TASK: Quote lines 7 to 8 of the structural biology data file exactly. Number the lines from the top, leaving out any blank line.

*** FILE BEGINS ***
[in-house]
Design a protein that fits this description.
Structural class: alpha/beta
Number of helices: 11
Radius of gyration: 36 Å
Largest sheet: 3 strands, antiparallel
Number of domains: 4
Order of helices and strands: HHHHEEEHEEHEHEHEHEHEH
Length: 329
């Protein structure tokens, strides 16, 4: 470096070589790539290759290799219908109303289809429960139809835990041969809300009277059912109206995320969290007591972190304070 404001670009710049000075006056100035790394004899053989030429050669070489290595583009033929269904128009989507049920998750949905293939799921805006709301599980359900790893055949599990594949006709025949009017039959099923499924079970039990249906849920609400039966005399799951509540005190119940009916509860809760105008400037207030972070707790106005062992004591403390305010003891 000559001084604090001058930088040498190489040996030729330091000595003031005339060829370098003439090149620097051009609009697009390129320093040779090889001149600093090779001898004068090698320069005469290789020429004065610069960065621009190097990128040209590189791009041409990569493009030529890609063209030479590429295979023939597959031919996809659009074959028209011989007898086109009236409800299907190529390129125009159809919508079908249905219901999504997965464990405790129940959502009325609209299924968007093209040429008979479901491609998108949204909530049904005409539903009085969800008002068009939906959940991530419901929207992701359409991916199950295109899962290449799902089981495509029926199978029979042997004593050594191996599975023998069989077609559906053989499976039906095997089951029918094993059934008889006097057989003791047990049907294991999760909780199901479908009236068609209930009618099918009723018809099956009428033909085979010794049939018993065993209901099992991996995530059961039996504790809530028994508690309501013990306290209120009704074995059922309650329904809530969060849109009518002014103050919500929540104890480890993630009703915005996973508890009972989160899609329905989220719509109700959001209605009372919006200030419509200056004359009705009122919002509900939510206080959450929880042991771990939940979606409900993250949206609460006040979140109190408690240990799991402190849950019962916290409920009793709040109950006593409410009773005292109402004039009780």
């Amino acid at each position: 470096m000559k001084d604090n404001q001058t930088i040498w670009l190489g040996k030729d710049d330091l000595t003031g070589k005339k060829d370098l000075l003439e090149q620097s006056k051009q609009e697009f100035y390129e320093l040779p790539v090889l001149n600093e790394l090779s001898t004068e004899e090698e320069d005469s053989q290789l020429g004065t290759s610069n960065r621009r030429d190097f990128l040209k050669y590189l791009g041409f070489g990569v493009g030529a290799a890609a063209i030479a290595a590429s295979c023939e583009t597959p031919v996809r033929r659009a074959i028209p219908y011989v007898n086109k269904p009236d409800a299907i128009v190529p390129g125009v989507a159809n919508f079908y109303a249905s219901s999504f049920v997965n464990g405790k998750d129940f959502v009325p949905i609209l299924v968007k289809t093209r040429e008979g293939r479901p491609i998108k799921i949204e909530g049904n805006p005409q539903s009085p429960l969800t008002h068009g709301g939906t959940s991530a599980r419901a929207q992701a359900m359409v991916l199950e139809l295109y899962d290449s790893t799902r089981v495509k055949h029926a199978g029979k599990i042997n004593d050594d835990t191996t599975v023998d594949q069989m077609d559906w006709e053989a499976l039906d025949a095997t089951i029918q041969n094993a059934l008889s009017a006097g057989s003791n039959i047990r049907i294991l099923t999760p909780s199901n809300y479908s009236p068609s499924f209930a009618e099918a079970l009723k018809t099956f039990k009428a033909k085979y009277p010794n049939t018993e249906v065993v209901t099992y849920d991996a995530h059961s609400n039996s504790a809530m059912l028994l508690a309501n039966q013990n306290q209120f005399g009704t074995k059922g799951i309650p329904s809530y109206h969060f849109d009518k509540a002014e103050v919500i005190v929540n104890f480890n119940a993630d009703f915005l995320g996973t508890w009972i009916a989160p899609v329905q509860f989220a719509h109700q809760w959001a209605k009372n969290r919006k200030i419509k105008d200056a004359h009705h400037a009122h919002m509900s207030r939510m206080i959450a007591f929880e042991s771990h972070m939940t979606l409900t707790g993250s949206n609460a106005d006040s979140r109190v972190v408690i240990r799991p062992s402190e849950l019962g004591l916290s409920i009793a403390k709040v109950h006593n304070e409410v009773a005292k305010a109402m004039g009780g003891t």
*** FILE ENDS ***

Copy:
Number of domains: 4
Order of helices and strands: HHHHEEEHEEHEHEHEHEHEH